Juno Frankie Pierce
Juno Frankie Pierce, also known as Frankie Pierce or J. Frankie Pierce (1864-1954), was an African-American suffragist. She also opened the Tennessee Vocational School for Colored Girls in 1923, and served as its superintendent until 1939. The school continued to operate until 1979. Pierce also addressed the May 1920 state suffrage convention in Tennessee.
On August 26, 2016, as part of Women's Equality Day, a monument by Alan LeQuire was unveiled in Centennial Park in Nashville, featuring depictions of Pierce, Carrie Chapman Catt, Anne Dallas Dudley, Abby Crawford Milton, and Sue Shelton White.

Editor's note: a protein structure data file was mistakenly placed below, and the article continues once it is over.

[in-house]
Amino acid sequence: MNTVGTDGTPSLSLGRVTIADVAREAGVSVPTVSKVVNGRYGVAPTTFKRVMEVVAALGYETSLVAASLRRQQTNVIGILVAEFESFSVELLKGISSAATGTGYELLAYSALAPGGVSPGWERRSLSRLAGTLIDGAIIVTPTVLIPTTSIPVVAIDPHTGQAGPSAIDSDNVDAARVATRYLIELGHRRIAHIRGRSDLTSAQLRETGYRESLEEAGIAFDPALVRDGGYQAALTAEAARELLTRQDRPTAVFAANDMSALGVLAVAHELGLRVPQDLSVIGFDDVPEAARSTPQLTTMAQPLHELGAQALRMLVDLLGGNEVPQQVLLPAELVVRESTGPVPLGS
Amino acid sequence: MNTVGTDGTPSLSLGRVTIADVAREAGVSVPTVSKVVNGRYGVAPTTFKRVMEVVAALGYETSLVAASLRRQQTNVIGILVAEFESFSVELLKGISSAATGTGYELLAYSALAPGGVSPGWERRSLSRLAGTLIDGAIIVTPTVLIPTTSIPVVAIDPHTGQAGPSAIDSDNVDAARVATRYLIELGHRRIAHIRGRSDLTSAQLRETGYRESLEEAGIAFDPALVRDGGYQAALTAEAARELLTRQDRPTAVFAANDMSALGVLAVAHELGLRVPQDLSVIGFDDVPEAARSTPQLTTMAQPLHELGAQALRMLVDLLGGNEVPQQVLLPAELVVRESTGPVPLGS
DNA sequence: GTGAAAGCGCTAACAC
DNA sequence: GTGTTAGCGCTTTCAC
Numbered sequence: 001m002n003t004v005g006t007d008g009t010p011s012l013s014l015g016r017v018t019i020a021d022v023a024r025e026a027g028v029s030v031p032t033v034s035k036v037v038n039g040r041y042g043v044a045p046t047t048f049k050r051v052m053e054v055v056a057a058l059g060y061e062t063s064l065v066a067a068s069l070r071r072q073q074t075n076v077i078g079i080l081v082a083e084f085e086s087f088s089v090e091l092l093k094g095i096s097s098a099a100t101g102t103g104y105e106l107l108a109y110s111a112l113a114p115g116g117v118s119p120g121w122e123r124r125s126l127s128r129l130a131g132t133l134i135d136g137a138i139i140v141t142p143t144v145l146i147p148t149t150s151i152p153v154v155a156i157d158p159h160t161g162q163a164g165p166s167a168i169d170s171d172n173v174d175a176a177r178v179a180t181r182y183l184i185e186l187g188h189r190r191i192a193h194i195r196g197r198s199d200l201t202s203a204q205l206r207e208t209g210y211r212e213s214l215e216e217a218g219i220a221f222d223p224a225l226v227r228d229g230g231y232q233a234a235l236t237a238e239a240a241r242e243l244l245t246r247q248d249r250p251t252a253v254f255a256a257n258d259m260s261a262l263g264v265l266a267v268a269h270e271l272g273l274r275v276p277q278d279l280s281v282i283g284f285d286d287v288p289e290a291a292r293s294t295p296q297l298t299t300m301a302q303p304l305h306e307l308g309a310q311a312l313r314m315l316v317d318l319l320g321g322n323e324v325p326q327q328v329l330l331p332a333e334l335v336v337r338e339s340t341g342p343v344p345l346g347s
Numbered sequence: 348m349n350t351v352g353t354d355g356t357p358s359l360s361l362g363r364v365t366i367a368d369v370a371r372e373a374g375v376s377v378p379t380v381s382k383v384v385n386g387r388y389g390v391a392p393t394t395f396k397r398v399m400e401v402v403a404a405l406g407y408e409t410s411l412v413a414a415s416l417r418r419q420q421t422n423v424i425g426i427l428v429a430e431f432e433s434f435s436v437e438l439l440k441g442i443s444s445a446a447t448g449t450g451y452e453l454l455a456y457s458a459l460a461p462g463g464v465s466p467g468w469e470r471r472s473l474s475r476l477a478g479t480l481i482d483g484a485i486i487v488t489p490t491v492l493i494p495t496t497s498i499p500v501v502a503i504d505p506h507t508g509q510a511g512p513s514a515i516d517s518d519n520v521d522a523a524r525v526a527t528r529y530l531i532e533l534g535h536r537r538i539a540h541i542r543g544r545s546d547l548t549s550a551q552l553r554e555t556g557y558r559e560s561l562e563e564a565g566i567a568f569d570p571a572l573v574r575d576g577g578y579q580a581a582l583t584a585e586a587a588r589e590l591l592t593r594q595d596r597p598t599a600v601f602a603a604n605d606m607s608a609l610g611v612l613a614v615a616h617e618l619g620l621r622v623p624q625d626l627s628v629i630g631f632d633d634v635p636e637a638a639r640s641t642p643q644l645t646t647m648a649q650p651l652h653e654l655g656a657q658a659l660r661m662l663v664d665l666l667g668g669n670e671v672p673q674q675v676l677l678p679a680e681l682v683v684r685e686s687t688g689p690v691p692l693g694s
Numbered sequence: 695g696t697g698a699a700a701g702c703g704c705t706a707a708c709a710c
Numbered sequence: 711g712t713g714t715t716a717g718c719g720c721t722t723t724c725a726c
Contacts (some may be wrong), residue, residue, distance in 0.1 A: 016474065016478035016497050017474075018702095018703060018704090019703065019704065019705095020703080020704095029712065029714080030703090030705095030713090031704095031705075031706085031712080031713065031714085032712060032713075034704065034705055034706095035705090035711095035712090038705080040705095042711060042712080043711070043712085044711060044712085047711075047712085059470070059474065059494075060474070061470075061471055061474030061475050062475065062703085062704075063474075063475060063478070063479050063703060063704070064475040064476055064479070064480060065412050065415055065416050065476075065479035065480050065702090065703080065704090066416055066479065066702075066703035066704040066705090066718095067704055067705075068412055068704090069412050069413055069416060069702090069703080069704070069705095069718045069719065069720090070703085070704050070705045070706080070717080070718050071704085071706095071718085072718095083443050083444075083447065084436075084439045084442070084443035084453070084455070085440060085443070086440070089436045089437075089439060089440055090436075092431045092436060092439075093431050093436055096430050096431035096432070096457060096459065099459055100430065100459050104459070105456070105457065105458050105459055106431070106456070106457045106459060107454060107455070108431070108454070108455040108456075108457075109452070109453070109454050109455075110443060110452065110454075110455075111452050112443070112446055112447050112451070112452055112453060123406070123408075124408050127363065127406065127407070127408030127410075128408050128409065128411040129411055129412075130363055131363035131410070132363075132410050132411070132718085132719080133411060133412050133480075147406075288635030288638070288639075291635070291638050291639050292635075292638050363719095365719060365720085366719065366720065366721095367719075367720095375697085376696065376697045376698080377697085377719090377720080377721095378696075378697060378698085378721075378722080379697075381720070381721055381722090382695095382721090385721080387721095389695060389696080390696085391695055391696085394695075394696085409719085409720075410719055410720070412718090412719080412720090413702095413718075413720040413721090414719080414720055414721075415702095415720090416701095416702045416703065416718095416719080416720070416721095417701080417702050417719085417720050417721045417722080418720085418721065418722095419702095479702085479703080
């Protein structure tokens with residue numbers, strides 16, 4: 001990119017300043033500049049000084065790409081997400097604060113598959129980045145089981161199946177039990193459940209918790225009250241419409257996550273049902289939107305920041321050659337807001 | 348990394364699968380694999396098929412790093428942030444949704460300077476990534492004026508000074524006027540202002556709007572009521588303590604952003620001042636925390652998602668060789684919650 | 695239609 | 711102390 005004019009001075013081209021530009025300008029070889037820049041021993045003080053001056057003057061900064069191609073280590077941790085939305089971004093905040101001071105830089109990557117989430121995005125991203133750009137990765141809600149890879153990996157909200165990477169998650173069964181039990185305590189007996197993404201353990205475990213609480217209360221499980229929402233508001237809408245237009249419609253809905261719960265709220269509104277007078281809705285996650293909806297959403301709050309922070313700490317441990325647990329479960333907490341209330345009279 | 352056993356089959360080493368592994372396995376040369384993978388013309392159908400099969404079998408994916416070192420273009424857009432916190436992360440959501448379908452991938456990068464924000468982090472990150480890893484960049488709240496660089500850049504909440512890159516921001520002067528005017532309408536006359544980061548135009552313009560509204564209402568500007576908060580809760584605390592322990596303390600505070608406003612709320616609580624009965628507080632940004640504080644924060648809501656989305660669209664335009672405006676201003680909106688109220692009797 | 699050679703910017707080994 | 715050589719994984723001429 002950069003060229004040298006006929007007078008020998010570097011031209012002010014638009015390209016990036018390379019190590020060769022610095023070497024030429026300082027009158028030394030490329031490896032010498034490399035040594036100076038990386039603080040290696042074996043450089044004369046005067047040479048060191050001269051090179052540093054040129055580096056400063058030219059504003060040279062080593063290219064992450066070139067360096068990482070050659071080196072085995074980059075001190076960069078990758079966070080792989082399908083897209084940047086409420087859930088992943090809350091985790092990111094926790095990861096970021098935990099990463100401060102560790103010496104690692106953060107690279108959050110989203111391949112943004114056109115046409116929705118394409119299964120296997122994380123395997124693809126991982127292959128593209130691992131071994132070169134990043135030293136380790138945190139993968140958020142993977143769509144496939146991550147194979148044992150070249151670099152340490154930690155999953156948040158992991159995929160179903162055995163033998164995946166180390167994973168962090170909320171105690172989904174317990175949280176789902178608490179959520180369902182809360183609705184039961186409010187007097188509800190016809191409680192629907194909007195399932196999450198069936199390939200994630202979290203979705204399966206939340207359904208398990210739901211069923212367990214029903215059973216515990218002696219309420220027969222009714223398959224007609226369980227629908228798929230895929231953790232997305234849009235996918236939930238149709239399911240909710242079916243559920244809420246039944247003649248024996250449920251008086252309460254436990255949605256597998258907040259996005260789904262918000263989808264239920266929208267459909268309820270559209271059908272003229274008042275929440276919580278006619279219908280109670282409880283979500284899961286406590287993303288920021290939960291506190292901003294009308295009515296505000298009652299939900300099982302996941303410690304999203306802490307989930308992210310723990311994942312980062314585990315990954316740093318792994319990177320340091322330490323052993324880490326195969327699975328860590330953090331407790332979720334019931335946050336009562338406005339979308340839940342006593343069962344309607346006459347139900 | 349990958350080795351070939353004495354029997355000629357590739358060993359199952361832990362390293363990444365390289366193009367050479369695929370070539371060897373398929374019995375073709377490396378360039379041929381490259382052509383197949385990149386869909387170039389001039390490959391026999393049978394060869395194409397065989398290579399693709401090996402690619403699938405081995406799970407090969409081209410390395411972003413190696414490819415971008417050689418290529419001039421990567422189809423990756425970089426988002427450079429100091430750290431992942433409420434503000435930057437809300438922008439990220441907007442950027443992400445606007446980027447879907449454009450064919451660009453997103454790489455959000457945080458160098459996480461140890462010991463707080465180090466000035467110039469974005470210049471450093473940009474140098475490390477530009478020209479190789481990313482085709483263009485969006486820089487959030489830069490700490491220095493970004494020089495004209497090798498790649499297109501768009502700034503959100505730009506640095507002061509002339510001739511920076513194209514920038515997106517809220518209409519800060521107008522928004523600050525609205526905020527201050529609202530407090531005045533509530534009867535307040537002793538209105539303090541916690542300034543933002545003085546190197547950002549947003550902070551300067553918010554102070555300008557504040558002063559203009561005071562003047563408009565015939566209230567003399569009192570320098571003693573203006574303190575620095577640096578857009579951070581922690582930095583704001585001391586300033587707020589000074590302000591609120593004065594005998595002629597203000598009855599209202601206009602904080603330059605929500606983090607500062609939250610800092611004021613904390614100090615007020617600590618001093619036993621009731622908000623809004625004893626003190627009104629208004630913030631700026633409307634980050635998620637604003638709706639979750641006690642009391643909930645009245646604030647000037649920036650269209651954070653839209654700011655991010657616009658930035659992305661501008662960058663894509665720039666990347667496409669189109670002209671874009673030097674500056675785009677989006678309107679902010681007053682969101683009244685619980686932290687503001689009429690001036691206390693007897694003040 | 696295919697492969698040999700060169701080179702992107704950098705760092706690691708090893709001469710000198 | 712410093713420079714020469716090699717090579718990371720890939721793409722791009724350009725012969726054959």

- The African-American history of Nashville, Tennessee, 1780-1930: elites and dilemmas, by Bobby L. Lovett, University of Arkansas Press, 1999, page 232
- Tennessee Through Time, The Later Years. Gibbs Smith. 1 August 2007. pp. 174–. ISBN 978-1-58685-806-3.
- "Black History Month: J. Frankie Pierce founded school for girls | The Tennessean | tennessean.com". Archive.tennessean.com. 2014-02-14. Retrieved 2015-09-07.[dead link]
- "Frankie Pierce & the Tennessee Vocational School for Colored Girls". Ww2.tnstate.edu. Retrieved 2015-09-07.
- 5:33 PM, Aug 26, 2016. "Women's Suffrage Monument Unveiled - Story". Newschannel5.com. Retrieved 2016-08-27.
- "Nashville's Newest Monument Celebrates State's Role In Women's Winning The Right To Vote". Nashville Public Radio. Retrieved 2016-08-27.
- "Mrs. Francis paid tribute by Council". The Tennessean. 28 November 1962. Retrieved 13 April 2017.